Medical Imaging

A time-domain measurement can be equivalently expressed in the frequency domain. Some researchers have developed imaging systems which acquire frequency-domain data directly using a source that is amplitude modulated at a high frequency (a few hundred MHz), and measuring the reduction in amplitude and phase shift of the transmitted signal. While time-resolved measurements have the advantage of acquiring information at all frequencies simultaneously, frequency-domain systems can employ light sources and detectors which are significantly less expensive than those required for time-resolved systems.

The science and technology of phase measurement for NIRS and imaging has been comprehensively reviewed by Chance et al. (1998). Systems require a radio-frequency (RF, typically a few hundred MHz) oscillator to drive a suitable laser diode and to provide a reference signal for the phase measurement device which receives the detected signal from an appropriate high-bandwidth detector (e.g. PMT or APD, depending on the desired sensitivity). Heterodyning is commonly performed to convert the RF to a few kHz prior to phase detection. The detected signal is digitized over an appropriate period of time, and phase and amplitude are computed.

The transillumination and tomographic approaches described in section 2.3 for time-resolved systems are equally applicable for frequency-domain devices, and both have been widely explored. In the mid-1990s two major companies in Germany reported development of breast imaging systems based on frequency-domain measurement of transmitted light. These prototypes, constructed by Carl Zeiss (Kaschke et al. 1994, Moesta et al. 1996) and by Siemens (Götz et al. 1998), both involved rectilinear scanning of a single source-detector pair over opposite surfaces of a compressed breast, resulting in single-projection images at multiple NIR wavelengths. Unfortunately the performance of both systems during quite extensive trials fell below that required of a method of screening for breast cancer, although various improvements to the Carl Zeiss system and their reconstruction method have since been implemented (Franceschini et al. 1997, Fantini et al. 1998).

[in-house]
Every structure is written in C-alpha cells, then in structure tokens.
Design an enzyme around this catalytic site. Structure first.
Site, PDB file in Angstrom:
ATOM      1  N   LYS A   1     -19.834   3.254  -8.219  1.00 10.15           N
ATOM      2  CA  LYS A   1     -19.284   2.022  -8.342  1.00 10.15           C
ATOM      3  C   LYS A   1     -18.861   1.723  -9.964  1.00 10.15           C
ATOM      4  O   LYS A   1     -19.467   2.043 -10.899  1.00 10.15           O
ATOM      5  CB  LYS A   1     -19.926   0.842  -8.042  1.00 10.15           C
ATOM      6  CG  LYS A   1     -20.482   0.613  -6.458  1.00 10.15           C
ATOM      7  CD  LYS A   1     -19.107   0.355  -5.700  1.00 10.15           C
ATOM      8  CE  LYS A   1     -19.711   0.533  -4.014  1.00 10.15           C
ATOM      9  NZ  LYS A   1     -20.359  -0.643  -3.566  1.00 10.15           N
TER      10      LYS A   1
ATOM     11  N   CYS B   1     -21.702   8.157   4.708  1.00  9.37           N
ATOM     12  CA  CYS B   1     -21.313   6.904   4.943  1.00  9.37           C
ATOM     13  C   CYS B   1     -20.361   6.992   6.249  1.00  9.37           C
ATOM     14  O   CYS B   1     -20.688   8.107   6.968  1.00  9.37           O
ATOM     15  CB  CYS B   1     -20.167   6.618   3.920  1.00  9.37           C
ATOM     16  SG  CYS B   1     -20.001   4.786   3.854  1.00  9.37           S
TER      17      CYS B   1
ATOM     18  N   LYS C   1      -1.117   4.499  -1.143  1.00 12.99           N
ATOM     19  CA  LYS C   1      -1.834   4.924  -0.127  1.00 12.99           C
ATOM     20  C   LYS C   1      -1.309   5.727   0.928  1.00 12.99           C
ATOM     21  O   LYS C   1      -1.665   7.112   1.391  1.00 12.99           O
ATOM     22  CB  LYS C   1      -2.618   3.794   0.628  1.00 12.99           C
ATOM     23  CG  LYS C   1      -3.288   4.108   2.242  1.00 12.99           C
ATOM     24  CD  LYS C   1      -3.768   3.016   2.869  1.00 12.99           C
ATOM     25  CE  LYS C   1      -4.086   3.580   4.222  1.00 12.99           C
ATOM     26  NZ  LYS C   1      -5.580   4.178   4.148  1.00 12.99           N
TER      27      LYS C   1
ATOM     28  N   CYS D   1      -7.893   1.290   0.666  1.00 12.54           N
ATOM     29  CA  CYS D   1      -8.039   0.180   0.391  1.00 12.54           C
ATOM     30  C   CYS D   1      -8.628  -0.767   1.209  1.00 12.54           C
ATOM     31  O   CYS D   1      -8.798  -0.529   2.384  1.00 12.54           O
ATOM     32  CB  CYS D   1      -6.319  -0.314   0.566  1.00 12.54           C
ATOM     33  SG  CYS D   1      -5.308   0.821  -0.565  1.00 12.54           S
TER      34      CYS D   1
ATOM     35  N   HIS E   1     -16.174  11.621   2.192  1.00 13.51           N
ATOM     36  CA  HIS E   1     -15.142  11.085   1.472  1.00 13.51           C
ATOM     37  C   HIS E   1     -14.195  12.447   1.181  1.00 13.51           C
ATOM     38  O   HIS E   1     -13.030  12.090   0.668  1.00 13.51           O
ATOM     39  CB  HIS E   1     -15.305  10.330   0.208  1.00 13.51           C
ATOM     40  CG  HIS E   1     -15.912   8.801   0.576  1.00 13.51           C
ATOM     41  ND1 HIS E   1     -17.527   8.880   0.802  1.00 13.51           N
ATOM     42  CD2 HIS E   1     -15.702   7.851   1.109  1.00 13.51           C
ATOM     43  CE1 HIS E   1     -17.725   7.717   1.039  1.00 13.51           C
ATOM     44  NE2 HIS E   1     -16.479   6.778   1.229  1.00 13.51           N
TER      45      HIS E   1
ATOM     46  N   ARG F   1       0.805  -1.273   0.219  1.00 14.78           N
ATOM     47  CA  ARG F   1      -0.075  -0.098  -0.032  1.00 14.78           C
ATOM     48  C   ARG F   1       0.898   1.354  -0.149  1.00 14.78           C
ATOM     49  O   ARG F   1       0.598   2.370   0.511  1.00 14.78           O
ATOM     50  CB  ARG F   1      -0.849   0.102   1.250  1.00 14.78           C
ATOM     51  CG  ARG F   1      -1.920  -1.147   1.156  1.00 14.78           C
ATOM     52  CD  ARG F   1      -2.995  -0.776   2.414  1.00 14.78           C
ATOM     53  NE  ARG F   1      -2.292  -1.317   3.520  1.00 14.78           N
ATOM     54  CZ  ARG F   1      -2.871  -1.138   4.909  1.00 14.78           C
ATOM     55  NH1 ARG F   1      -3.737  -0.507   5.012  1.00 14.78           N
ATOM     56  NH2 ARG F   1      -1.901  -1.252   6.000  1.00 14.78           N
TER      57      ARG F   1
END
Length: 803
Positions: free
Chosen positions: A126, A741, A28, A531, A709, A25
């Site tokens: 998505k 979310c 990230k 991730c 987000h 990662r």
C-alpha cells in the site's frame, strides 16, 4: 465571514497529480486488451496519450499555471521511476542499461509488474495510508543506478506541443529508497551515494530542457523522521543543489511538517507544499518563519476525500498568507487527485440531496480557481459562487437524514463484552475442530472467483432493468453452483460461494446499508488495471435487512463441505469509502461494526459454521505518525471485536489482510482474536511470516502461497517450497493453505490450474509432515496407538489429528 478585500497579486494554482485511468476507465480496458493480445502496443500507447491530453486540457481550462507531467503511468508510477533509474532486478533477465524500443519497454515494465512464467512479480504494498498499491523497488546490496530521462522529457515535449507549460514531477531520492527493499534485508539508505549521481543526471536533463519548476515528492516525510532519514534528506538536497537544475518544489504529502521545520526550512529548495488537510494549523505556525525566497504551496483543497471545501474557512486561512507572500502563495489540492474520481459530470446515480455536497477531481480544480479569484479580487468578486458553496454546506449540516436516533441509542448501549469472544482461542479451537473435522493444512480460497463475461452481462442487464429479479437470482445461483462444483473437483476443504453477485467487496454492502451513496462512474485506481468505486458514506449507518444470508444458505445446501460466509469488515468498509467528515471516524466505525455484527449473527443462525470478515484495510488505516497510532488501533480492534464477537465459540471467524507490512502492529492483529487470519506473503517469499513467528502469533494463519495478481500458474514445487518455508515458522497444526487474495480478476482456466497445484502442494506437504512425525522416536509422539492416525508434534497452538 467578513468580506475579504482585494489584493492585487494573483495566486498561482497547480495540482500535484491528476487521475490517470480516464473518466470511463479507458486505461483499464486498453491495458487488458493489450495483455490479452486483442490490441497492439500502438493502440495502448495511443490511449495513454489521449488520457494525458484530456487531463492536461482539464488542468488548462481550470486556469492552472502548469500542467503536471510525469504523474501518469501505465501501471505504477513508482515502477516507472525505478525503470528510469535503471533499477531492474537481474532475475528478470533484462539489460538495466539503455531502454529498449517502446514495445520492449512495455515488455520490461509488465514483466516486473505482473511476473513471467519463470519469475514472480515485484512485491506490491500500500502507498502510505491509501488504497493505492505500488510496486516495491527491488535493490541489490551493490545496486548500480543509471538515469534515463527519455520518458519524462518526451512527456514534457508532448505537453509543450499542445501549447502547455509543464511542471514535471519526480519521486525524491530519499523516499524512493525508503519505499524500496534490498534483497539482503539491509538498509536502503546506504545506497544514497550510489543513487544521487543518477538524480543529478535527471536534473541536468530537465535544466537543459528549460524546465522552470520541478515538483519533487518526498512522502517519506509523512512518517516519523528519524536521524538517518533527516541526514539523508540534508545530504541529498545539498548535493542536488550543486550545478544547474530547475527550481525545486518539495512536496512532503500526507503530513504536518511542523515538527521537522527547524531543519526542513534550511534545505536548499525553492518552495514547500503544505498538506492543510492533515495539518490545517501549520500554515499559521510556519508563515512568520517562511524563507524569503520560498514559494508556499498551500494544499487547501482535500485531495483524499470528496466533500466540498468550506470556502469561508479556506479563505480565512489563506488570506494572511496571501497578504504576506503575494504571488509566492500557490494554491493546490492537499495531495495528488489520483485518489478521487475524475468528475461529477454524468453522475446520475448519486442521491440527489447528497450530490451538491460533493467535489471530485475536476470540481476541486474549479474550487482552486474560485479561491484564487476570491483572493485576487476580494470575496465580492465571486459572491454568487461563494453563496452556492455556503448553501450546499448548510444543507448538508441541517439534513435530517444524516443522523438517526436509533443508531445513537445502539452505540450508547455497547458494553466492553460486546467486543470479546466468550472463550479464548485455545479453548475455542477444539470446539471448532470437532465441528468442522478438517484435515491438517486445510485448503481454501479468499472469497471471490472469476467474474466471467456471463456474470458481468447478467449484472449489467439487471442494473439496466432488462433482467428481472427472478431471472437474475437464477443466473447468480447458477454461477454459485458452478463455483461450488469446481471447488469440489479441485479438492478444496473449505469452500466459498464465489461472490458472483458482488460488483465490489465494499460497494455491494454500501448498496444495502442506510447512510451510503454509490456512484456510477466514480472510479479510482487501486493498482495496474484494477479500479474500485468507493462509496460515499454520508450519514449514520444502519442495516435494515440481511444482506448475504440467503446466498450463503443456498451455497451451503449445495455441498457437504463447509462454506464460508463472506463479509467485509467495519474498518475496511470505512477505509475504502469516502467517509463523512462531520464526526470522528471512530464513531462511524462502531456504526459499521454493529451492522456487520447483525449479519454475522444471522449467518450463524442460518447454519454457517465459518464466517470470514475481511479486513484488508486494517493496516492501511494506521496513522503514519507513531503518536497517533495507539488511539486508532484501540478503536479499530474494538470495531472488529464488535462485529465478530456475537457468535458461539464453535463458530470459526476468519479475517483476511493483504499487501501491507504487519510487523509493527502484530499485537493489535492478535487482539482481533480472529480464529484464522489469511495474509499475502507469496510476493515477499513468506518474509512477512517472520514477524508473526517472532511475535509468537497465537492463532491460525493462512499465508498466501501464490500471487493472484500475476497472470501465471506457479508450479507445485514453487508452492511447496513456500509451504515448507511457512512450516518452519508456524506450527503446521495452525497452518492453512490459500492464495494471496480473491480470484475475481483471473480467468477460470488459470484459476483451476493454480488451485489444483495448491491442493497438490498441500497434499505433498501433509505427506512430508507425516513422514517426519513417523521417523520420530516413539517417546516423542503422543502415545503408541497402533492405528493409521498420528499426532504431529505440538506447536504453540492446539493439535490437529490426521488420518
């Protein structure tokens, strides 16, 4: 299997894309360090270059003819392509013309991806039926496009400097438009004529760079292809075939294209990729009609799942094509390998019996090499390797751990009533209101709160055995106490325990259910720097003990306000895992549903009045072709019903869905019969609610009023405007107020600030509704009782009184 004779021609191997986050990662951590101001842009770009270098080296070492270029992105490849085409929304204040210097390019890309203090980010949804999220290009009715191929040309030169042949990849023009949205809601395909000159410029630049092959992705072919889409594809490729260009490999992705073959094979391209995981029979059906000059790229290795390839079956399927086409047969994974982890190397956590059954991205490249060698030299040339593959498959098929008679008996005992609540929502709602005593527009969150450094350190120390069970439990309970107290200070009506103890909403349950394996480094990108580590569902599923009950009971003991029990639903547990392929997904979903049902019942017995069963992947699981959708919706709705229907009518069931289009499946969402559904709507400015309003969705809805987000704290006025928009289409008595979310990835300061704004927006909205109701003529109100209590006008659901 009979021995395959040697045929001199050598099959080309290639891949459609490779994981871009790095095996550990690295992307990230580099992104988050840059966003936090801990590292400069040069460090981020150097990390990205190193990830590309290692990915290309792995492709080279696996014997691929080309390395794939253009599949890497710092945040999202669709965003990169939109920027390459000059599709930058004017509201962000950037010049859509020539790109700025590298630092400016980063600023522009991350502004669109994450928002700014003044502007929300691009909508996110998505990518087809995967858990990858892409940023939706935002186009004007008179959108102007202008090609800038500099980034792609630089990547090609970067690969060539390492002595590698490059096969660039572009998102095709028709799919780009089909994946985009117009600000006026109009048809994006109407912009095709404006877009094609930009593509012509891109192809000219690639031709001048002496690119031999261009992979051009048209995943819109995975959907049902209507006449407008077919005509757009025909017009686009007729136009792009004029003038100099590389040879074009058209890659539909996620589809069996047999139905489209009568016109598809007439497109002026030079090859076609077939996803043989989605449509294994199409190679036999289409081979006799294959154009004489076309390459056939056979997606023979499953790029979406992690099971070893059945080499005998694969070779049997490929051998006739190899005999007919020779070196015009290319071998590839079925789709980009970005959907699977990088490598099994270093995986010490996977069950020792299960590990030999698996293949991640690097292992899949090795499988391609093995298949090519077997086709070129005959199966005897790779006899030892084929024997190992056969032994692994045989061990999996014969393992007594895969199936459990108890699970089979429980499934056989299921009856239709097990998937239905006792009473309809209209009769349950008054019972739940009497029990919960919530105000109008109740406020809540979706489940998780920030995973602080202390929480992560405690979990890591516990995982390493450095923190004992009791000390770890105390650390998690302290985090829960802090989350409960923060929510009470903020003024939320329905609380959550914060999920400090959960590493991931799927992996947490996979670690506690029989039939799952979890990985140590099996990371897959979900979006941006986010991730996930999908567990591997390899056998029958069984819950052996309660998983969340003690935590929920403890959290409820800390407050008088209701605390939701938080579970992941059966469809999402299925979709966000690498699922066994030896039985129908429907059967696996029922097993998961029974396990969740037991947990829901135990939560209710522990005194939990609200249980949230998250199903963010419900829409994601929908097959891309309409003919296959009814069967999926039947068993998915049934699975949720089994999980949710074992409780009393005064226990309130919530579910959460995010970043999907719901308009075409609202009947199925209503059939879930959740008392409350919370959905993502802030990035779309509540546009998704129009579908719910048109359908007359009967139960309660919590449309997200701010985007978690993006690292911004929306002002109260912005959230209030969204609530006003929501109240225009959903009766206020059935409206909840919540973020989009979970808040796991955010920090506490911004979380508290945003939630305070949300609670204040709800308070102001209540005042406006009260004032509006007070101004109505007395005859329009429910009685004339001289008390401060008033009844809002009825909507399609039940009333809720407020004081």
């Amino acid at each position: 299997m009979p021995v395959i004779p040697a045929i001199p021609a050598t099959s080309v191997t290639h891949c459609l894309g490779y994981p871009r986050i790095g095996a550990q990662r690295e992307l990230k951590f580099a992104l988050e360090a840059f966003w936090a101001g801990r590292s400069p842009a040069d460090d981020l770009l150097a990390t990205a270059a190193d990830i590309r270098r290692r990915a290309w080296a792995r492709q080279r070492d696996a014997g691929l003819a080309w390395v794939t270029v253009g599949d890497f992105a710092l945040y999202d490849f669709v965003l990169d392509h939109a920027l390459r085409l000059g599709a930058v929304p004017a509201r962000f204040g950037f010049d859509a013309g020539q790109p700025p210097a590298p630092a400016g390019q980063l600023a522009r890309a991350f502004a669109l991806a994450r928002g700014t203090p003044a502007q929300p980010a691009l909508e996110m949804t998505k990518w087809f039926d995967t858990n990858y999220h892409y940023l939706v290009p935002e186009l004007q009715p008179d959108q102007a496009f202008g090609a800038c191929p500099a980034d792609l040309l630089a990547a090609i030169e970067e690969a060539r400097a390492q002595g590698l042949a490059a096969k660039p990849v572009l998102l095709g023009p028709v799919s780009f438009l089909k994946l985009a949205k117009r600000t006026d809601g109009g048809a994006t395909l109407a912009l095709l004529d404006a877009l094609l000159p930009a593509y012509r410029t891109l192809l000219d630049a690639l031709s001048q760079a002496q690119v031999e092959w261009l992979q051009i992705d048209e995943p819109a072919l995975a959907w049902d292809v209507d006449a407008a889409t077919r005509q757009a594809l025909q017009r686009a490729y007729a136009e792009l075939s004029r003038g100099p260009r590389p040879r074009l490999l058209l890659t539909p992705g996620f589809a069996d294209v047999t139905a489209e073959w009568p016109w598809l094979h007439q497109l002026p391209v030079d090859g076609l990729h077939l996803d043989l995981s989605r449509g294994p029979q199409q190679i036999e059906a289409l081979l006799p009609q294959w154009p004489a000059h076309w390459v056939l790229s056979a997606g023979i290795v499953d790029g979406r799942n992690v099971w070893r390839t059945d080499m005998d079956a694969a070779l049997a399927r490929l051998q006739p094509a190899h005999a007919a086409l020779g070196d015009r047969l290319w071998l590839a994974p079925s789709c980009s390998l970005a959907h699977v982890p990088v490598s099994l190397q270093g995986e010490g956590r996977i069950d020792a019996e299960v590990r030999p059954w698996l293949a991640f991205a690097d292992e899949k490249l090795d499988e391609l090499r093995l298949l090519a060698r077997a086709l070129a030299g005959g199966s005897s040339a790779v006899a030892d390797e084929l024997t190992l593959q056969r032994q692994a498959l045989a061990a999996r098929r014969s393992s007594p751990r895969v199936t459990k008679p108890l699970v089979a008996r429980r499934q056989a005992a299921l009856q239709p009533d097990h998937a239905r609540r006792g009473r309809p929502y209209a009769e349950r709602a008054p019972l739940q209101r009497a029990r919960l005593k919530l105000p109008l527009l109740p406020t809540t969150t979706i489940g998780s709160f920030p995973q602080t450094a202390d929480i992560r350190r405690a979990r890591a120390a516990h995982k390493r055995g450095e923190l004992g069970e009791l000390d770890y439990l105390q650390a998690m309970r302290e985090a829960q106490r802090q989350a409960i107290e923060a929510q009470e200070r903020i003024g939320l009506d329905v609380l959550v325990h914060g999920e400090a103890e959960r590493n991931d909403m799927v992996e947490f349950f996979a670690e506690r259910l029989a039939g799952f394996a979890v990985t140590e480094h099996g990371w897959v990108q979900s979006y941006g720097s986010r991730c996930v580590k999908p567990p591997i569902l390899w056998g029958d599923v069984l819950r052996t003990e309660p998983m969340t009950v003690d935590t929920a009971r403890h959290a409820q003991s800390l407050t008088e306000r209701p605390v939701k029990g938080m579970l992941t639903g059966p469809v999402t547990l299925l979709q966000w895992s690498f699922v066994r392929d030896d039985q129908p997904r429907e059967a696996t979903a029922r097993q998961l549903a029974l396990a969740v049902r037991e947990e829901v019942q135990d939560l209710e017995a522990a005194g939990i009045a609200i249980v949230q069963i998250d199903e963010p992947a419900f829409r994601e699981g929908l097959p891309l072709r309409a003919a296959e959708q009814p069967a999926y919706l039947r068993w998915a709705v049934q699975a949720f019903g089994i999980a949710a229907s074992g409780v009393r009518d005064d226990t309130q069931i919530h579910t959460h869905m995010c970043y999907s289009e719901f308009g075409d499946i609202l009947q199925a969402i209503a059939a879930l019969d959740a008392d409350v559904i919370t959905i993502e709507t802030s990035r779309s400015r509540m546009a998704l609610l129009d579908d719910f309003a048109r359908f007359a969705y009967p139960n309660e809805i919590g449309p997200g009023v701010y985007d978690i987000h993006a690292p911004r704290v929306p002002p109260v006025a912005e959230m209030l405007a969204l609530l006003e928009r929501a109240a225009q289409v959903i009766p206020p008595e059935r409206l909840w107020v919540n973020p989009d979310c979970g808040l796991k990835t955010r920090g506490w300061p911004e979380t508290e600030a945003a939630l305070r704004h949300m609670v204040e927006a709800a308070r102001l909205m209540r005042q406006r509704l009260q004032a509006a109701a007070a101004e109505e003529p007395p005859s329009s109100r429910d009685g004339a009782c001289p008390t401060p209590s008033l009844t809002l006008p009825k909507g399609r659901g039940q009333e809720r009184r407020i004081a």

As summarised in section 4, a variety of frequency-domain systems have been developed for both optical topography (Danen et al. 1998, Franceschini et al. 2000) and optical tomography (Pogue et al. 2001). Culver et al. (2003) have built a hybrid CW/frequency-domain device for optical tomography which combines the benefits of speed and low cost of CW measurements with the ability to separate scatter and absorption available from the amplitude and phase of frequency-domain data. The system employs four amplitude-modulated laser diodes operating at different wavelengths (690 nm, 750 nm, 786 nm, and 830 nm) which are rapidly switched between 45 optical fibres on a 9 x 5 array. The array is positioned against one side of a compressed breast, while light emerging on the opposite side is focussed on to a CCD camera. Meanwhile, diffusely reflected light is detected simultaneously by APDs via nine fibres interlaced among the source fibres. The amplitude and phase of the APD signals are determined using a homodyne technique.


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